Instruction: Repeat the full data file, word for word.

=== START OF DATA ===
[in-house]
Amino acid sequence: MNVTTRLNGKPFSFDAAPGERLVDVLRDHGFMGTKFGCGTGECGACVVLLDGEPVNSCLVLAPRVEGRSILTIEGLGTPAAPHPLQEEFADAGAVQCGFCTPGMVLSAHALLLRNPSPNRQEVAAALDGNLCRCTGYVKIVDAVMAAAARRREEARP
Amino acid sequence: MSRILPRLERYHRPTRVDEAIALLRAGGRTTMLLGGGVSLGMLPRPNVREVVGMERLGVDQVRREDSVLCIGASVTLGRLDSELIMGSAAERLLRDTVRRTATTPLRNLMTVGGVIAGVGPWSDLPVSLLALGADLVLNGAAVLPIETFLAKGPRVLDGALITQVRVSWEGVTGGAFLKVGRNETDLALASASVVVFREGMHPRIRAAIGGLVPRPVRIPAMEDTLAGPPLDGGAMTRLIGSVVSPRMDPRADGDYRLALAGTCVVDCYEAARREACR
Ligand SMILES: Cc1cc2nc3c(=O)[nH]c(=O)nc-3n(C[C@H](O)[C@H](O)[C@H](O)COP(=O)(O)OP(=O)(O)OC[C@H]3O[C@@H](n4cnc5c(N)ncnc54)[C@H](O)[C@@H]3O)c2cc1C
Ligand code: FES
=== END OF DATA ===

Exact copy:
[in-house]
Amino acid sequence: MNVTTRLNGKPFSFDAAPGERLVDVLRDHGFMGTKFGCGTGECGACVVLLDGEPVNSCLVLAPRVEGRSILTIEGLGTPAAPHPLQEEFADAGAVQCGFCTPGMVLSAHALLLRNPSPNRQEVAAALDGNLCRCTGYVKIVDAVMAAAARRREEARP
Amino acid sequence: MSRILPRLERYHRPTRVDEAIALLRAGGRTTMLLGGGVSLGMLPRPNVREVVGMERLGVDQVRREDSVLCIGASVTLGRLDSELIMGSAAERLLRDTVRRTATTPLRNLMTVGGVIAGVGPWSDLPVSLLALGADLVLNGAAVLPIETFLAKGPRVLDGALITQVRVSWEGVTGGAFLKVGRNETDLALASASVVVFREGMHPRIRAAIGGLVPRPVRIPAMEDTLAGPPLDGGAMTRLIGSVVSPRMDPRADGDYRLALAGTCVVDCYEAARREACR
Ligand SMILES: Cc1cc2nc3c(=O)[nH]c(=O)nc-3n(C[C@H](O)[C@H](O)[C@H](O)COP(=O)(O)OP(=O)(O)OC[C@H]3O[C@@H](n4cnc5c(N)ncnc54)[C@H](O)[C@@H]3O)c2cc1C
Ligand code: FES